Save the Cinema | Film

Save the Cinema | Film

Gary Raymond reviews Save the Cinema – the latest in a long line of Welsh “feel good” films – and asks of the state of Welsh cinema in the process. 

There is no doubt a name for it. Psychologists have a knack for labels. But I don’t have the inclination to put the study time in to finding out if I’m suffering from a syndrome or psychosis or whatever. Enough to say, I am suspicious that my reaction to a film like Sara Sugarman’s Save the Cinema is characterised more by my relief that it does not suffer the same basic flaws that so many films that come out of Wales suffer – to the point where I ended up feeling quite positive toward to it. It’s arguably something to do with the erosion of my critical faculties, but it is more likely to do with… well… what’s that phenomenon where you end up falling in love with your kidnapper?

I’m tired, I guess. Tired of bad scripts and bad accents and films that fall apart in the final third. Save the Cinema doesn’t suffer from any of this. I’m tired of Wales being the place that does feature length drama badly and feel-good fluff just about competently. But I’ll take the feel-good to offset the bad drama fatigue. I’m tired of looking to the skies and asking why – how? – does a script get signed off in this state? Where is the whispering in the ear of the wayward directors of so much of the rubbish that I sit through? A few years ago, I reluctantly reviewed one particular movie in the only way I felt I honestly could. You could call it scathing. Months later it picked up the best film award at the Welsh BAFTAs. I stand by my review, but, God, it’s tiring. It happens time and time again. You begin to question your own sanity, not just your critical faculties. Psychologists have a word for that too, no doubt. I know Patrick Hamilton did, and Hans Christian Anderson had an entire phrase for it.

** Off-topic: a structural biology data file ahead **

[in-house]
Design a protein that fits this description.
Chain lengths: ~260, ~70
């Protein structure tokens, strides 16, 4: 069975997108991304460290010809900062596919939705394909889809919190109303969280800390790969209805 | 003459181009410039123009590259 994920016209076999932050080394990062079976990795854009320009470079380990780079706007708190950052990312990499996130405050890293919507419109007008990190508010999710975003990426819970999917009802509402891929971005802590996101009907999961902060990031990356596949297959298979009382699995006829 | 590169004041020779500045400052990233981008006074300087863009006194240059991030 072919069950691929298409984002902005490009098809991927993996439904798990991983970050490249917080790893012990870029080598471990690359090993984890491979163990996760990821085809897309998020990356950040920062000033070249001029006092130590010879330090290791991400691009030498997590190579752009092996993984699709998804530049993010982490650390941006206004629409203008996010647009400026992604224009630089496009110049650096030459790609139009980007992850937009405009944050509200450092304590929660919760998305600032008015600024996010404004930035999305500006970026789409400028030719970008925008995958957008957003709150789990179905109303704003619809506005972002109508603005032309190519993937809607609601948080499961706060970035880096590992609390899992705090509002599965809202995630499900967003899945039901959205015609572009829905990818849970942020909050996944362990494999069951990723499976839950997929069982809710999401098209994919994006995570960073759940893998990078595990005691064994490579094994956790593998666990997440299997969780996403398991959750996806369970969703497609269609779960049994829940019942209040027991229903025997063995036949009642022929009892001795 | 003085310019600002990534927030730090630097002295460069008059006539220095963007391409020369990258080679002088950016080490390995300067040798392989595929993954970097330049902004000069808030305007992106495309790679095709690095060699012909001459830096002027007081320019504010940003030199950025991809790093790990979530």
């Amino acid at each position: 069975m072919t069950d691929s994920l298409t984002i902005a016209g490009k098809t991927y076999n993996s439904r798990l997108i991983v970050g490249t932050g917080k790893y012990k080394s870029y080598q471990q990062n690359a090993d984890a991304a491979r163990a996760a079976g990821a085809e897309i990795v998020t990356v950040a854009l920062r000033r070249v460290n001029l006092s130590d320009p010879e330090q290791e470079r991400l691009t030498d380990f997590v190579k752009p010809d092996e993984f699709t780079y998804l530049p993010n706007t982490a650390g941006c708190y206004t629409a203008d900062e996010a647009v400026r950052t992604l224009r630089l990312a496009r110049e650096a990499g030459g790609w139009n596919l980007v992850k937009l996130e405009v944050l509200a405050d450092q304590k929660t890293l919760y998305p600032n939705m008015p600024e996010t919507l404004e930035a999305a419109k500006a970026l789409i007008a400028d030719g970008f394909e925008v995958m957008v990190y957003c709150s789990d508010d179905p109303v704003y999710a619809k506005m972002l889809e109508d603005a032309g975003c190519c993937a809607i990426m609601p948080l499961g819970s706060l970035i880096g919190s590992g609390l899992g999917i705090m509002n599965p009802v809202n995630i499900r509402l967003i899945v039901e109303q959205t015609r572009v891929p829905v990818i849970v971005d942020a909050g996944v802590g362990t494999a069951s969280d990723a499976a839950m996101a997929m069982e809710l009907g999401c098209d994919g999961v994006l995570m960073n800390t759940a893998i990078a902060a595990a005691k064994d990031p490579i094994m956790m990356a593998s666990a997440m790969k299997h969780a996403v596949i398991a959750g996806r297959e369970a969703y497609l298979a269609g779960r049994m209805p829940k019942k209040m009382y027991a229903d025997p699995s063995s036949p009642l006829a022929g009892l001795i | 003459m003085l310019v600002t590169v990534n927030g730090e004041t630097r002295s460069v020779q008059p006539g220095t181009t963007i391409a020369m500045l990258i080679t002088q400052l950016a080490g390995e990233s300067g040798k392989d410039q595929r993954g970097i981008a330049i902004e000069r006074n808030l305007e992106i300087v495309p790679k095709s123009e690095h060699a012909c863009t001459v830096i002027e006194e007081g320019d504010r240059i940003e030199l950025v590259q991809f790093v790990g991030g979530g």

This is a long way of getting to saying that Save the Cinema, in a different context, might deserve a pasting, but in the context of a film critic battle weary from the war on dross, it is a Welsh film with a lot to like, even if nothing really shines and nothing really lingers in that place in the heart and mind where the fuzzy things live. Save the Cinema has been trailed as a modern-day Ealing Comedy, something in the tradition, then, of The Man in the White Suit or The Ladykillers. And yet it has none of the charm, none of the jokes, none of the eccentricity. In fact, is it funny at all? It’s difficult to think of a laugh-out-loud moment, and it’s such a short time between the credits rolling and pen being put to paper. (Insert thoughtful emoji here). There is also none of the eccentricity of plot which makes the best of the Ealing output fit so easily into the category of “classic British cinema”.

Save the Cinema is based on the true story of Liz Evans, a hairdresser and youth theatre leader who runs a campaign to… yes… save the local cinema (the Lyric theatre in Carmarthen) from demolition in 1993. It has that easy-on-the-ear one line pitch for commissioning editors looking for an easy Yes. Like Welsh miners raise money for Gay Rights groups and everyone becomes friends. Or, out of work miners turn to stripping to pay the bills and everyone becomes friends. Or, woman convinces a disparate group of community members to buy a race horse and it wins the Welsh Grand National and everyone becomes friends. Actually, Dream Horse is a good example of the easy Yes for any potential investor or commissioner; a film that barely broke into a canter as it moved through its five-act structure of set-up/challenge/everything going swimmingly/terrible set-back/heart-warming triumph and hugging in the street. My goodness, that film was so hard to hate, but I increasingly believe anybody with a passion for cinema has a duty to do so.